How to Make the Best Cup of Coffee in an RV

Best cup of coffee

A morning cup of joe is a must have for me and RV living hasn’t broken my search for the best cup of coffee.  But what is the best way to make coffee while being off grid?

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Obviously a standard coffee maker won’t cut it unless you are plugged in, plus they can be quite bulky to store.  We have personally tried 4 different methods of making coffee each with their own pros and cons but we think one of them hands down makes the best, consistent cup of coffee.  

The four methods we have tried are the French Press, the AeroPress, the pour over dripper, and the percolator. All of these methods require boiling water which in itself can add a layer of inconsistency since the temperature of the water can greatly affect the flavor of the coffee.  If it’s too hot the coffee will come out bitter, too cold and it’ll be weak.  I’m not going to address this here but, I think, we have utilized all four methods enough to have experienced both ends of the spectrum

French Press

The French Press is an age old coffee making technique with which most everyone is familiar.  They come in a variety of sizes and are typically made of glass though stainless steel is also available, like this one on Amazon.  I highly recommend purchasing one that will make the appropriate number of cups of coffee required.  In the pas,t we had one that only made one cup at a time and with the two of us, it was a pain.  

To use:

Start by adding the appropriate amount of coffee to the bottom of press, this amount will vary depending of the number of cups being made but typically one tablespoon per 200ml of water, add just shy of boiling water to desired level, give it a stir, put lid with filter/plunger attachment on but leave the plunger at the highest level, let steep for 3-4 min, gently push the plunger down to the bottom of the press.  Coffee is now ready to be poured.


  •  ability to make multiple cups of coffee at one time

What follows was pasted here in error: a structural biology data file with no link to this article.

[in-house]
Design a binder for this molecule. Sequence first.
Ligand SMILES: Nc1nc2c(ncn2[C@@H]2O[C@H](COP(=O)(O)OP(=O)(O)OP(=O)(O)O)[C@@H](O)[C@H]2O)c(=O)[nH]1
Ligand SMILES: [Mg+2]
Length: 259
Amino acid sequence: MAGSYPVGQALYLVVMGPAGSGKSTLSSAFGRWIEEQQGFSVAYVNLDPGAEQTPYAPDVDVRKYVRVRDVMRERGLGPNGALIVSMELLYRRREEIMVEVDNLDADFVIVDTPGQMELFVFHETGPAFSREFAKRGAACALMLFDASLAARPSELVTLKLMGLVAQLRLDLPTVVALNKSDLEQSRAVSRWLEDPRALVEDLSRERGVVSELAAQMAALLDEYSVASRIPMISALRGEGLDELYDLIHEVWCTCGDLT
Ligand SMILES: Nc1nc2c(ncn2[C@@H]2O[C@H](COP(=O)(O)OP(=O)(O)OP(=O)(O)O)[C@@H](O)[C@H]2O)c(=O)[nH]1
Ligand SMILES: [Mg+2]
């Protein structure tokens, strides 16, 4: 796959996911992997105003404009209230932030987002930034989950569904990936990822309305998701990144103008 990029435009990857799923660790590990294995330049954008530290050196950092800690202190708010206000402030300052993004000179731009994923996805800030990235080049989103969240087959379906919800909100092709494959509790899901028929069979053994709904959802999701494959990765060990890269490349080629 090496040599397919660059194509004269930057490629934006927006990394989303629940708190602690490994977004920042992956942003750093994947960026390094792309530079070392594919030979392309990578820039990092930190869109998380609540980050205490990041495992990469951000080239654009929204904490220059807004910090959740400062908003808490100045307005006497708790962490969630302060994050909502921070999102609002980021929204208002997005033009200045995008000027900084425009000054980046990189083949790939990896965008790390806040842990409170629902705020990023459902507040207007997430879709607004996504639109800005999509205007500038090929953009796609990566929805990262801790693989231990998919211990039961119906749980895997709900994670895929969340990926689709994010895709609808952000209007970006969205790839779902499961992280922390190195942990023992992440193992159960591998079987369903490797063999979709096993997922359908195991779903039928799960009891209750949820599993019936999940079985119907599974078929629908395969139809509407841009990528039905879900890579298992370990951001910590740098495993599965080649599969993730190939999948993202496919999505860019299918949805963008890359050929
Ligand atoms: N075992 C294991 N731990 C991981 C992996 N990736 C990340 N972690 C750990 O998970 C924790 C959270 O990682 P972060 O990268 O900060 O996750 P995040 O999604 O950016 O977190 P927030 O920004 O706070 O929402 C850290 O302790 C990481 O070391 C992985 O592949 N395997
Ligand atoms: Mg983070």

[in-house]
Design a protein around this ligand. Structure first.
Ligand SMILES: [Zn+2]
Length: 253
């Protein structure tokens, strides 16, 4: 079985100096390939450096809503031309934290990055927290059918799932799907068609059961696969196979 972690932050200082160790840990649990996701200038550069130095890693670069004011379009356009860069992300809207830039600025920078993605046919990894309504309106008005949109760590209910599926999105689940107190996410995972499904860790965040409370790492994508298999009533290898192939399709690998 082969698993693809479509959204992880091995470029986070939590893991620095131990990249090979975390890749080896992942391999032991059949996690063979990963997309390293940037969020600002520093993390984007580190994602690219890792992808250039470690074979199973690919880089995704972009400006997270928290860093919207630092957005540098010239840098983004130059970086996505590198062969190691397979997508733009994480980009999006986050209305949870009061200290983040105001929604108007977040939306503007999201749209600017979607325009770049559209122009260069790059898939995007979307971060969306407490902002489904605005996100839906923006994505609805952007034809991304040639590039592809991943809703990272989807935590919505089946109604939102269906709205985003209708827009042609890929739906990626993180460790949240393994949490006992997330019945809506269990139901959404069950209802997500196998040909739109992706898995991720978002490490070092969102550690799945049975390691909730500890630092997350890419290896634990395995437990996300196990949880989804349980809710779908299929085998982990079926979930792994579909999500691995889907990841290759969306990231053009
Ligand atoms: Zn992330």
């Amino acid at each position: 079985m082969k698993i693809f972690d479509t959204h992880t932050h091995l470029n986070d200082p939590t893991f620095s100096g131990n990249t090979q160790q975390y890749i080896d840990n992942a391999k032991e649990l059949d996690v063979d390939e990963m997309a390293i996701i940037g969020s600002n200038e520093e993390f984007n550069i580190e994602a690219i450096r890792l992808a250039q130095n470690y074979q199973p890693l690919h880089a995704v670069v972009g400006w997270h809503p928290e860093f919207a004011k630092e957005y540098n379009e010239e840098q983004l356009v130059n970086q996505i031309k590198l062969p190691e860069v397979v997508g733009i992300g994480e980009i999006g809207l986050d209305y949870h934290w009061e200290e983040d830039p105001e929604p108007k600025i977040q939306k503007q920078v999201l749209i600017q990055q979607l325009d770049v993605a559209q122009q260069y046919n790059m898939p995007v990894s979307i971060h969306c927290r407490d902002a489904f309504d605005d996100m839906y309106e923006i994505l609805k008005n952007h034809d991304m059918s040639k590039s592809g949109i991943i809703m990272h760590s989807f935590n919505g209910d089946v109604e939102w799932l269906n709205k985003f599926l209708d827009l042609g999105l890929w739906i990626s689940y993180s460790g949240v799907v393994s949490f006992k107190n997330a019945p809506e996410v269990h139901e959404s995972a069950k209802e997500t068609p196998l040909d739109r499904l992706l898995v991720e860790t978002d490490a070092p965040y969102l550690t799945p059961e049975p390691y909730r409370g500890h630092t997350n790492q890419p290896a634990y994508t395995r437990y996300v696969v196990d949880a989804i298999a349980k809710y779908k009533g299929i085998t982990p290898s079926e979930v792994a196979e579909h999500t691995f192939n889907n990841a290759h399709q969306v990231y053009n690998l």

•  easy to use
  •  no filters to purchase


  •  breakable since they are typically made of glass
  •  pain to clean, you need to scoop the grounds out of the bottom of the press
  •  can end up with “sludge” in the bottom of you coffee
  •  multiple pieces


The AeroPress (link to Amazon) is relatively new to the coffee making scene.  It’s been on the market since 2005 and quickly has become popular.  It is basically a plastic tube with a paper filter on the bottom and a rubber plunger which forces the water through the coffee.  It makes more espresso style coffee than drip coffee.  Metal mesh reusable filters are available but we didn’t personally like ours.  We found the bottom didn’t screw on properly due to the extra thickness

To use: 

Place a paper filter in the bottom cap of the AeroPress, screw the bottom cap on to the body, add one scoop of coffee (or desired amount but this is what works for us) and gently shake to even it out, place body on top of mug, pour just shy of boiling water into the top of the body and fill to just above the #2, stir for 10-15 seconds, insert rubber plunger into top of the body and gently apply pressure, it should take about 30 seconds to fully depress the plunger, remove AeroPress from mug, top up mug with hot water (similar to an Americano)


  • makes espresso style coffee, in theory, you can whip up a latte or cappuccino if you feel so inclined
  • easy to clean, once you are finished with your coffee making, unscrew the bottom cap, with AeroPress over the garbage/compost fully depress the plunger, the filter and all the coffee grounds should pop out into the garbage
  • non-breakable


  • a small learning curve once mastered makes excellent coffee
  • only makes one cup at a time
  • need to purchase AeroPress specific paper filters (unless you buy the reusable one)